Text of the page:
Launching a scathing attack on China, US Secretary of State Mike Pompeo said that he was lifting restrictions on contacts between American officials and their Taiwanese counterparts. In a statement, the top diplomat asserted that for several decades, the US had created “complex internal restrictions” in a bid to “appease” the communist regime. However, in his last days in office, Pompeo reiterated the incumbent administrations resolve to stricken its policies against China lifting all the unilateral sanctions.
Pompeo has been a staunch critic of the Chinese regime and many times voiced his opposition to Chinese policies. Earlier last year, he had supported President Donald Trump in labelling the coronavirus as ‘China virus’. More recently, he had threatened sanctions on the Jingpin administration if it continues to arrest pro-democracy protesters in Hong Kong. "No more," Pompeo declared in a statement. "Today I am announcing that I am lifting all of these self-imposed restrictions."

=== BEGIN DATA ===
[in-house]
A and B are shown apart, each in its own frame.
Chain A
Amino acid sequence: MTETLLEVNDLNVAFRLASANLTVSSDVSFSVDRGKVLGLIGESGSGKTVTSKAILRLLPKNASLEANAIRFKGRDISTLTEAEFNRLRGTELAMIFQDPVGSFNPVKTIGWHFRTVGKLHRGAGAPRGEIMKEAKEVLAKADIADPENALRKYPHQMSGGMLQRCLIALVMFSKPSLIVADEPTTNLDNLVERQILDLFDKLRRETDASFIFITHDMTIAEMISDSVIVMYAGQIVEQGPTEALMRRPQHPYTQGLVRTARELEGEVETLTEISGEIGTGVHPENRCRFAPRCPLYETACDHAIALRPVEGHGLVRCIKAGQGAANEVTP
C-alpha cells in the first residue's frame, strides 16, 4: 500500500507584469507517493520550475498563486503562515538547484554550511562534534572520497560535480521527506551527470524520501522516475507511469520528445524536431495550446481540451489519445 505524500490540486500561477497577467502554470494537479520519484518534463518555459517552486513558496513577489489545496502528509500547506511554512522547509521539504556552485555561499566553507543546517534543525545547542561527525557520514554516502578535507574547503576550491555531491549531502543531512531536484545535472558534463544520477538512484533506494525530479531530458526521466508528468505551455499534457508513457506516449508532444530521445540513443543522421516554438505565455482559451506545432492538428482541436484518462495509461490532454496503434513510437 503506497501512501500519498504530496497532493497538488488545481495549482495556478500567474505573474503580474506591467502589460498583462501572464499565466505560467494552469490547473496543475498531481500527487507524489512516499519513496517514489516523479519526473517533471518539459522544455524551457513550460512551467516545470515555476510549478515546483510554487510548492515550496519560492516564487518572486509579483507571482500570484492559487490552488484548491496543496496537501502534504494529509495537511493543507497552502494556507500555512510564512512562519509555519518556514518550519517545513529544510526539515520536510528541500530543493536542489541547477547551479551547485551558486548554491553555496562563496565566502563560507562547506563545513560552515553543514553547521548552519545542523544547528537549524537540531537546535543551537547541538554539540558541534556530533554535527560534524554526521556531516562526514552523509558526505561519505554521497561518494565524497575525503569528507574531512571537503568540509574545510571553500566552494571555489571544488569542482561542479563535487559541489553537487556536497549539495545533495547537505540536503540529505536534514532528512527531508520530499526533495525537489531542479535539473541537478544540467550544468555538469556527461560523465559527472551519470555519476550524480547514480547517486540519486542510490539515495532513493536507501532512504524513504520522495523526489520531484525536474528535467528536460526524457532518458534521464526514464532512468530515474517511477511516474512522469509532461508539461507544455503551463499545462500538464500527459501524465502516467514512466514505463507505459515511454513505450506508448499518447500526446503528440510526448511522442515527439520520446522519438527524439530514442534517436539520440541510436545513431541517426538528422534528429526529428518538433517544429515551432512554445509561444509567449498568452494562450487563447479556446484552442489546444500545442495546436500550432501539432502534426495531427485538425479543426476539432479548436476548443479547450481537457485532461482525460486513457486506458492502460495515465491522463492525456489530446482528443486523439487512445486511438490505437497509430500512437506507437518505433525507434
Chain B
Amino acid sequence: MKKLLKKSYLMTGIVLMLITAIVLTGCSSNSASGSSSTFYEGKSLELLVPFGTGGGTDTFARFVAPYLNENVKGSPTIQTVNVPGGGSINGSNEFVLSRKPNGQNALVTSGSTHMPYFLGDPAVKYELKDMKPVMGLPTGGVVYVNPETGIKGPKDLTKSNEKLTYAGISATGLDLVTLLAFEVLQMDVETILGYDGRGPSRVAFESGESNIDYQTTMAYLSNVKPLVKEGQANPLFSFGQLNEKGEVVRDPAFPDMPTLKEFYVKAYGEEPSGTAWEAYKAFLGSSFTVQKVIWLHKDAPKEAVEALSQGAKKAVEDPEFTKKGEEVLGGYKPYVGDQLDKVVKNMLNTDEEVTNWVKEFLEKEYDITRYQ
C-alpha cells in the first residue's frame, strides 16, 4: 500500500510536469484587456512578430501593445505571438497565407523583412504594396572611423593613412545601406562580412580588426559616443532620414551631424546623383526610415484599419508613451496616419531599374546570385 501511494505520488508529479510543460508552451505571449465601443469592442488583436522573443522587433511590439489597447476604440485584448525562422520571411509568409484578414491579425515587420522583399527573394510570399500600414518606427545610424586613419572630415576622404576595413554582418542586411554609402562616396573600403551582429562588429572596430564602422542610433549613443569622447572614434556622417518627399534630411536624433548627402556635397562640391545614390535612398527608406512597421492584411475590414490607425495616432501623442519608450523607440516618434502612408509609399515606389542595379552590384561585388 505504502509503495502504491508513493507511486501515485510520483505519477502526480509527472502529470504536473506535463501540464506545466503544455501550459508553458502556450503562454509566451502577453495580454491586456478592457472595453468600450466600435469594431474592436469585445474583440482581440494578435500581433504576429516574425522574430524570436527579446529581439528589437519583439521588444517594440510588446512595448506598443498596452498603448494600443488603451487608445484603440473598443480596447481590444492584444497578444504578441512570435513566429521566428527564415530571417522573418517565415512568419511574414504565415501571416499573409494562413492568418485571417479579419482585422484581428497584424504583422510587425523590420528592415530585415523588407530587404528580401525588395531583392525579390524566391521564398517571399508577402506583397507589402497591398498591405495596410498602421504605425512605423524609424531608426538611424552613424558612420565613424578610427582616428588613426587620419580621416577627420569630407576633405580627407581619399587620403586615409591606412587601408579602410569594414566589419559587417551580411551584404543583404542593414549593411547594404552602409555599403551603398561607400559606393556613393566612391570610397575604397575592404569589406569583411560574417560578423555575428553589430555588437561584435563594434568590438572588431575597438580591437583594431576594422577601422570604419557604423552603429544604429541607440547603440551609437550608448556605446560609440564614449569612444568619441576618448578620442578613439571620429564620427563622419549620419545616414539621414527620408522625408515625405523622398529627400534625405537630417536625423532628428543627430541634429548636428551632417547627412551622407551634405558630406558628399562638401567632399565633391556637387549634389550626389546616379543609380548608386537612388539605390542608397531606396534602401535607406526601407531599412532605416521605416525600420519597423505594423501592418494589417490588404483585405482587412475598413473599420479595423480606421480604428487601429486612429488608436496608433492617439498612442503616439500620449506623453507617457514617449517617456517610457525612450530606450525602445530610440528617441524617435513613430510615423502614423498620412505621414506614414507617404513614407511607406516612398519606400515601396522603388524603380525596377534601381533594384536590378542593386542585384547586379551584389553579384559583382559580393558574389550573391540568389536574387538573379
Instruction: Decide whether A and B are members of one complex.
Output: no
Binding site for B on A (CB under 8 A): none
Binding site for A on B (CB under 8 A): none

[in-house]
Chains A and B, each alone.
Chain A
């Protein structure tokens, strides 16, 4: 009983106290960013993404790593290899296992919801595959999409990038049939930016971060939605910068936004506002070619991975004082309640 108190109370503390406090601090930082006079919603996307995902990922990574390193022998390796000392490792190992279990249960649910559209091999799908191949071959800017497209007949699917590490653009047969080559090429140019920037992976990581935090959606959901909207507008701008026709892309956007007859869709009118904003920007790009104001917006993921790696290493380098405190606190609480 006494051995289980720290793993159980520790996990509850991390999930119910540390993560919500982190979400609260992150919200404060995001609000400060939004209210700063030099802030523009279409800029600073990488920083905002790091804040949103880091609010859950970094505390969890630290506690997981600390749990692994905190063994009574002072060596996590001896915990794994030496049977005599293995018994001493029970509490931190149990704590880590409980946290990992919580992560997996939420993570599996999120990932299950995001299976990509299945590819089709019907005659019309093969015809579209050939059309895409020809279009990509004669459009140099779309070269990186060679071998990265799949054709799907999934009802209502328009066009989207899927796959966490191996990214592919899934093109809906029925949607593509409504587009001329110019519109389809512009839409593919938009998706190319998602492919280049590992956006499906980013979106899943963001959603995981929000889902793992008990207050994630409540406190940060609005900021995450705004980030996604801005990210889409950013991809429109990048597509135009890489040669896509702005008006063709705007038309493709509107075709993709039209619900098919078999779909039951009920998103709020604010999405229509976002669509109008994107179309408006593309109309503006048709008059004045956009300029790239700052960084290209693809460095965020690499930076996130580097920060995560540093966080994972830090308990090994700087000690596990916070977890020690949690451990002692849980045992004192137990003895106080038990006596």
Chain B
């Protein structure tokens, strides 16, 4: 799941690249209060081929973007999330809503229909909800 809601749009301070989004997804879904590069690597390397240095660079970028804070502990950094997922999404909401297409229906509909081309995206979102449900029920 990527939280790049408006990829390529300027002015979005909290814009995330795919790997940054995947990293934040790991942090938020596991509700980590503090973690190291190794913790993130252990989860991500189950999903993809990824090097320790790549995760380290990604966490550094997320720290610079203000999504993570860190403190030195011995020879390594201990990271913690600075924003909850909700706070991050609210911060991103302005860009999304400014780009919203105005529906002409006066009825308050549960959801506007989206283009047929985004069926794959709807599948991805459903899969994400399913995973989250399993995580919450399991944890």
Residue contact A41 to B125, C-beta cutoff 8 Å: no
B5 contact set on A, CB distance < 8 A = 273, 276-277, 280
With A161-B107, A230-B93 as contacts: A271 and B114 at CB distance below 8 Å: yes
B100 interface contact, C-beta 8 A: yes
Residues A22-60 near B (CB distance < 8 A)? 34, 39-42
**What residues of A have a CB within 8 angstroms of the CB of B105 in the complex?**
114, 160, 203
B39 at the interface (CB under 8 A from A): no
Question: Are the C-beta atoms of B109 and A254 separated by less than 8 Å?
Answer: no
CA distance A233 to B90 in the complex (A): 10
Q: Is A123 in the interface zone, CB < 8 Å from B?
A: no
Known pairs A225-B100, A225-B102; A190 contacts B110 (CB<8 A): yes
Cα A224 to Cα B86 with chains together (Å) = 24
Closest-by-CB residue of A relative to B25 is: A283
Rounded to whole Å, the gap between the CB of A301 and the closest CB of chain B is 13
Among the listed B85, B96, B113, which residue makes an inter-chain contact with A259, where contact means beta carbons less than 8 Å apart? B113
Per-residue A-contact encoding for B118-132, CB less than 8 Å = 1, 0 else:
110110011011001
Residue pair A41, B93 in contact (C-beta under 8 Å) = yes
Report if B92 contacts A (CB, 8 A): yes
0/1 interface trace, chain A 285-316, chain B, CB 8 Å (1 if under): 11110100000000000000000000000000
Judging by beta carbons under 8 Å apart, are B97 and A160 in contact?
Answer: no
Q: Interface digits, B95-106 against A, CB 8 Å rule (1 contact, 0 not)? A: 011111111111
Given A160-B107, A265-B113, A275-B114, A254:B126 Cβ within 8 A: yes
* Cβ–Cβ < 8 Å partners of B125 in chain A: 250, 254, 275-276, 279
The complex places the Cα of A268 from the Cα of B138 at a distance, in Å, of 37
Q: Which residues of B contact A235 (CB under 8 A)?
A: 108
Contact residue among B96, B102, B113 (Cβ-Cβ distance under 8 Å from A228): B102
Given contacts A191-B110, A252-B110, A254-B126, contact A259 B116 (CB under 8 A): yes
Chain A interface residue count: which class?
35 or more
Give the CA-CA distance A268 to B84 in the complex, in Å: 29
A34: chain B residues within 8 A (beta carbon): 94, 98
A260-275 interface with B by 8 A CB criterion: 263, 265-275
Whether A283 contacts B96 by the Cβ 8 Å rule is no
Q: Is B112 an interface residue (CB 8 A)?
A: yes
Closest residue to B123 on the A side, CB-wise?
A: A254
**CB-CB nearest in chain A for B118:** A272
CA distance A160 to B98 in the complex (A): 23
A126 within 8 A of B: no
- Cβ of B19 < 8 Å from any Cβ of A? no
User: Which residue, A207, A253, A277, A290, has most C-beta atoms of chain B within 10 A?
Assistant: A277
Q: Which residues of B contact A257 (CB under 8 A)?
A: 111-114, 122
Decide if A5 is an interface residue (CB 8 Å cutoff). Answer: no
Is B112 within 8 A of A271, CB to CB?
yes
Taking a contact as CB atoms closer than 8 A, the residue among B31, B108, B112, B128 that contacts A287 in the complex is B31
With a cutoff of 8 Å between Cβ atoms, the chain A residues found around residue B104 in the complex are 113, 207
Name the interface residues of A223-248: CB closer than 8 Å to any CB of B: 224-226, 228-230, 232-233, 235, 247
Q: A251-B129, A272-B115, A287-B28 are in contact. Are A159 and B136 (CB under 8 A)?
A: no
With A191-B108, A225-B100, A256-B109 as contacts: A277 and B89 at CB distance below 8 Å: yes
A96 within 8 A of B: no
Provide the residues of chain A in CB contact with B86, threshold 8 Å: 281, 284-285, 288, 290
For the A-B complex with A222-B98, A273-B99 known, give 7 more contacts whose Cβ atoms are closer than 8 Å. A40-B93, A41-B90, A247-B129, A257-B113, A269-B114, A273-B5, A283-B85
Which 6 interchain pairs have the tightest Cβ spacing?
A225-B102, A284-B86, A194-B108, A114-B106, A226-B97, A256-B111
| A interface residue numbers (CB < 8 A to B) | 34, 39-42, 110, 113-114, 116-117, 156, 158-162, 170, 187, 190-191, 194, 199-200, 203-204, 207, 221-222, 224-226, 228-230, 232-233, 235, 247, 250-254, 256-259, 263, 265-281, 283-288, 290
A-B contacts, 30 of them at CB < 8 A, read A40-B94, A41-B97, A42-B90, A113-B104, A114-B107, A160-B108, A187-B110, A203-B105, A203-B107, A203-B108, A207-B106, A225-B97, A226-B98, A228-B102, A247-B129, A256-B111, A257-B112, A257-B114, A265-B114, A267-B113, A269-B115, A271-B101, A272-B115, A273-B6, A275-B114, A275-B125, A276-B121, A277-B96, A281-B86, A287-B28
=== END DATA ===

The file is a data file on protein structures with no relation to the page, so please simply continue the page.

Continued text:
“The United States government took these actions unilaterally, in an attempt to appease the Communist regime in Beijing. Today I am announcing that I am lifting all of these self-imposed restrictions," Pompeo said in a statement.
The US under the Trump administration has ramped up its support for the island signing multiple arms deals and suppliers. The country is also obliged to provide it with means to defend Taiwan under the 1979 Taiwan Relations Act. Recalling the same, Pompeo stressed that US-Taiwan relationships should not be shackled by sanctions.
"The United States government maintains relationships with unofficial partners around the world, and Taiwan is no exception. Today’s statement recognizes that the U.S.-Taiwan relationship need not, and should not, be shackled by self-imposed restrictions of our permanent bureaucracy," Pompeo said. Meanwhile, the Taiwanese government has welcomed the move asserting that the lift would end “decades of discrimination”. “A huge day in our bilateral relationship. I will cherish every opportunity," Hsiao Bi-khim, Taiwan's de facto ambassador in Washington, tweeted.
China has long been stepping up its threats to bring the self-governing island under its control by military force with frequent war games and aerial patrols. It has been using its diplomatic clout to stop Taiwan from joining any organisations that require statehood for membership. It announced on Thursday that UN Ambassador Kelly Craft would go to Taiwan, a move that sparked sharp criticism from Beijing and a warning that the US would pay a heavy price.